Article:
used to partially fund certain related aspects of the AQI program, the 
FACT Act mandates that the majority of the cost must be borne by the 
beneficiaries of the program's services.

Canadian Costs and Fees

    Two commenters expressed concern that the interim rule would cause 
Canada to retaliate by imposing user fees on all conveyances crossing 
the border into Canada regardless of whether inspections will be 
carried out.
    Although we understand the commenter's concern, Canada's actions 
are not under our control. The interim rule was implemented to address 
the increased pest risk presented by agricultural shipments and 
conveyances from Canada and to provide for full cost recovery of our 
AQI program. The conveyances entering the United States from Canada are 
not only Canadian-owned; all conveyances, including U.S.-owned 
conveyances, are impacted by this rule. Also, we note that the user 
fees have been in effect since 2007. Since that time, there have been 
no signs of retaliation by Canada.

Inspection Costs

    Several commenters stated that APHIS does not know what the costs 
of performing inspections are and, therefore, asked how APHIS can 
comply with the statutory mandate in 21 U.S.C. 136a(a)(2) that fees 
must be commensurate with the costs of inspections. One commenter 
expressed concern that the interim rule did not contain provisions for 
the adjustment of fees if necessary.
    The user fees implemented at the U.S./Canada border as a result of 
the interim rule are the same as those already in place at our other 
border ports. Those user fees were determined by dividing the sum of 
the costs of providing each service by the projected number of users 
subject to inspection, thereby arriving at ``raw'' fees. We then 
rounded the raw fees up to determine the user fees. We consider this 
approach adequate in our identification of the costs of inspection and 
related pest identification and mitigation activities. As APHIS 
assesses its user fees, volumes, collections, and ongoing reserve 
balances, it will initiate rulemaking to increase or decrease the fees 
as necessary. We review our fees on a biennial basis to ensure that the 
fees charged are commensurate with the costs of inspection and 
inspection-related activities and, if necessary, undertake rulemaking 
to amend them. We will adjust a fee up or down, as appropriate,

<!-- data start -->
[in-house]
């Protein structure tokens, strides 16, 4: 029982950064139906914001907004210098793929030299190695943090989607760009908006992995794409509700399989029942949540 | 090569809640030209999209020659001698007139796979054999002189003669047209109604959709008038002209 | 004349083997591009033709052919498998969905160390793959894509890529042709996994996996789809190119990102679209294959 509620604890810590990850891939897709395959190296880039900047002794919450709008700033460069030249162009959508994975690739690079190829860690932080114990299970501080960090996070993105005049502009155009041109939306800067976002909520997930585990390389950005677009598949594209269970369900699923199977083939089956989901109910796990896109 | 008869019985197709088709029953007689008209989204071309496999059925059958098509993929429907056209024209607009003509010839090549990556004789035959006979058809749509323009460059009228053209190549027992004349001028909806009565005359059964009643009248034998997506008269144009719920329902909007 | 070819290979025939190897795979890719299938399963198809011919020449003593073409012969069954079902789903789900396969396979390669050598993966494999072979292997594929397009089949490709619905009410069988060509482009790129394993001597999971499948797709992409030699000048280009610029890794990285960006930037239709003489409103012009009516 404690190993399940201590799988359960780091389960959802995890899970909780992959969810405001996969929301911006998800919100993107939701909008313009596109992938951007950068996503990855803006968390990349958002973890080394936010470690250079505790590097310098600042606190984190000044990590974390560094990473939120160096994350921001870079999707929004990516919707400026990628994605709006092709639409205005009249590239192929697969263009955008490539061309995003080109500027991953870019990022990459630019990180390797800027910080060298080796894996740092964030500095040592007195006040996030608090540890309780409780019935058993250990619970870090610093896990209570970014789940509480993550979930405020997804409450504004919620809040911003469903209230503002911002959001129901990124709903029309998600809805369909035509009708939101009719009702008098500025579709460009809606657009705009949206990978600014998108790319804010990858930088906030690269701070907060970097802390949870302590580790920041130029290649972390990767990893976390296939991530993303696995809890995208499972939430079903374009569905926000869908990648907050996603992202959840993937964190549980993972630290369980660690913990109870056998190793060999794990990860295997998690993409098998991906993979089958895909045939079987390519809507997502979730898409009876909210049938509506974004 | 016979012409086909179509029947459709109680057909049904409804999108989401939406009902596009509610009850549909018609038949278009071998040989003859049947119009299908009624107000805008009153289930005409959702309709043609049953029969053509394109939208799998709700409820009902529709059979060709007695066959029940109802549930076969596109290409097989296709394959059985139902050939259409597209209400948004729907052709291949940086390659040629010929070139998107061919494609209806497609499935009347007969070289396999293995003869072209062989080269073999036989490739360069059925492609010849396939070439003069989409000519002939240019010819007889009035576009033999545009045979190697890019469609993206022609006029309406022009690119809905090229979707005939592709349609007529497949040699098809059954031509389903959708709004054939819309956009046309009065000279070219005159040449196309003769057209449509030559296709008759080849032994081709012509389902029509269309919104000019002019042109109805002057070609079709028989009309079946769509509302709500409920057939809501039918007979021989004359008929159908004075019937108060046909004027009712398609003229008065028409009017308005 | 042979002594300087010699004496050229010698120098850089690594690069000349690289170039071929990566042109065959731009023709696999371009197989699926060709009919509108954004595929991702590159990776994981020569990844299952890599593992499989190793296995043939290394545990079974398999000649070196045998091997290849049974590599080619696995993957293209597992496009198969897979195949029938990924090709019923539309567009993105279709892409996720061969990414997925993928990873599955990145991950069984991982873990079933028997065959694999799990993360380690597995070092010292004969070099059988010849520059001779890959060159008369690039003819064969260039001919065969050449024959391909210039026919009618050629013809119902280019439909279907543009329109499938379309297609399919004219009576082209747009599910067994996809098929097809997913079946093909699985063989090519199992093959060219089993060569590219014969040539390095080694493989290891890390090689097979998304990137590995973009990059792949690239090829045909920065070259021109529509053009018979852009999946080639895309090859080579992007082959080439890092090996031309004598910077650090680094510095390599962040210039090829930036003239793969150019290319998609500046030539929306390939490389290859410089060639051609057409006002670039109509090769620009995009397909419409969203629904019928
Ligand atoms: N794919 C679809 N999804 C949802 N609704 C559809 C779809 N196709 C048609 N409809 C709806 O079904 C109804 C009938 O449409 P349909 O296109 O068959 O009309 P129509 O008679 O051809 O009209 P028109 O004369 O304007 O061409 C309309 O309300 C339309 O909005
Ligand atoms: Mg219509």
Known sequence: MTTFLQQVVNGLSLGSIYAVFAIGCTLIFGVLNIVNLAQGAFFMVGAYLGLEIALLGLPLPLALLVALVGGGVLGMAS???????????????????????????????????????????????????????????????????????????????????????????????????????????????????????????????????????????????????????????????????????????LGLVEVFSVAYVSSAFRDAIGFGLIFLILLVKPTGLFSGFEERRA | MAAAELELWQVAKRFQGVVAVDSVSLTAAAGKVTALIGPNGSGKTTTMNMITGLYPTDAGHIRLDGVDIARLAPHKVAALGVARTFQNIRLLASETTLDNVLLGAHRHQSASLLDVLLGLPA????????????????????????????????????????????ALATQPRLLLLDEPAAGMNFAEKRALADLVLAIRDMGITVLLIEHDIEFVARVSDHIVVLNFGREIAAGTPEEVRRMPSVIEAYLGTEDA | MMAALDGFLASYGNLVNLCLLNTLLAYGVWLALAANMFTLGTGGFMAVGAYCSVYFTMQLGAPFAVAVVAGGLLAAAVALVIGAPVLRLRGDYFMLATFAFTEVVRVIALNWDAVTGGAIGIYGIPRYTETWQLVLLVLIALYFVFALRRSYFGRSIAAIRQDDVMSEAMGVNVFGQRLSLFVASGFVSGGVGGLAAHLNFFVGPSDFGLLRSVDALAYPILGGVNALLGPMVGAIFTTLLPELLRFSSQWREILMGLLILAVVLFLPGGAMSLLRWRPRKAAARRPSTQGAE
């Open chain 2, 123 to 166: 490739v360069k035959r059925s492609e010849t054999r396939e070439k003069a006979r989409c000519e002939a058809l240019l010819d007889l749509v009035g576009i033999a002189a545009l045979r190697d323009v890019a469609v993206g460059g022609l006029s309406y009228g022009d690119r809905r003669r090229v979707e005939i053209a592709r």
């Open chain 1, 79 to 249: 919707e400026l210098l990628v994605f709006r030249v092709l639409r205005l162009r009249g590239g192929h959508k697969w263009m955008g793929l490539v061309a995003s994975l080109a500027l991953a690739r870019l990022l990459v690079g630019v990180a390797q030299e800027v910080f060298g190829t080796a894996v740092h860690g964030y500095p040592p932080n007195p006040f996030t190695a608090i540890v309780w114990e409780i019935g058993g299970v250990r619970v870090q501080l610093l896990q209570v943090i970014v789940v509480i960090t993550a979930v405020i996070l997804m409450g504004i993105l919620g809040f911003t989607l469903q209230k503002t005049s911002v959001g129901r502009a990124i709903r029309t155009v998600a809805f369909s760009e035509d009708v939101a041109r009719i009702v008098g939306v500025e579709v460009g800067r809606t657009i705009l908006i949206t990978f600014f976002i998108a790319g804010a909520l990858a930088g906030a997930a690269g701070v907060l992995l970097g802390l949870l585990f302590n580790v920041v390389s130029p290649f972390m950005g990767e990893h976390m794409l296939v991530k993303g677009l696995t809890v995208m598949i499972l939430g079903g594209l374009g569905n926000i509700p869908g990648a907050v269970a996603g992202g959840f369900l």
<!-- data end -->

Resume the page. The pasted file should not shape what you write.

depending on the actual cost of providing services. In most cases, we 
propose user fee increases so that the fees will keep up with 
inflationary costs as well as any new costs that must be paid. However, 
we have adjusted user fees downward in the past. In a final rule 
published in the Federal Register on January 19, 1996, (61 FR 2660-2665 
Docket No. 94-074-2) and effective on March 1, 1996, we decreased our 
AQI user fee for commercial aircraft by 13.1 percent after our cost 
analysis revealed that this fee was too high.

Decals

    Several commenters expressed concern regarding the provision for 
annual decals. One commenter stated that if the option to purchase an 
annual decal is available for trucks that it should also be extended to 
all other conveyances. Two commenters questioned the economic 
feasibility of an annual decal for some importers because they do not 
cross the border enough times to justify the cost of the decal or 
because the decal is vehicle-specific.
    Although currently there is not an option to purchase an annual 
decal for loaded railroad car and commercial vessel border crossings, 
the regulations do contain maximum charge provisions. For commercial 
vessels, the maximum user fee is 15 times the AQI user fee per arrival. 
For loaded railroad cars, the maximum user fee is 20 times the AQI user 
fee per arrival. The maximum charge provisions provide the same 
benefits to users as a decal in instances where issuing a decal may not 
be feasible due to difficulty in electronically reading the decal on a 
particular type of conveyance or how user fees are collected for a 
particular conveyance.

Air Industry--Two AQI User Fees

    One commenter asked why air transport is subject to two fees (cargo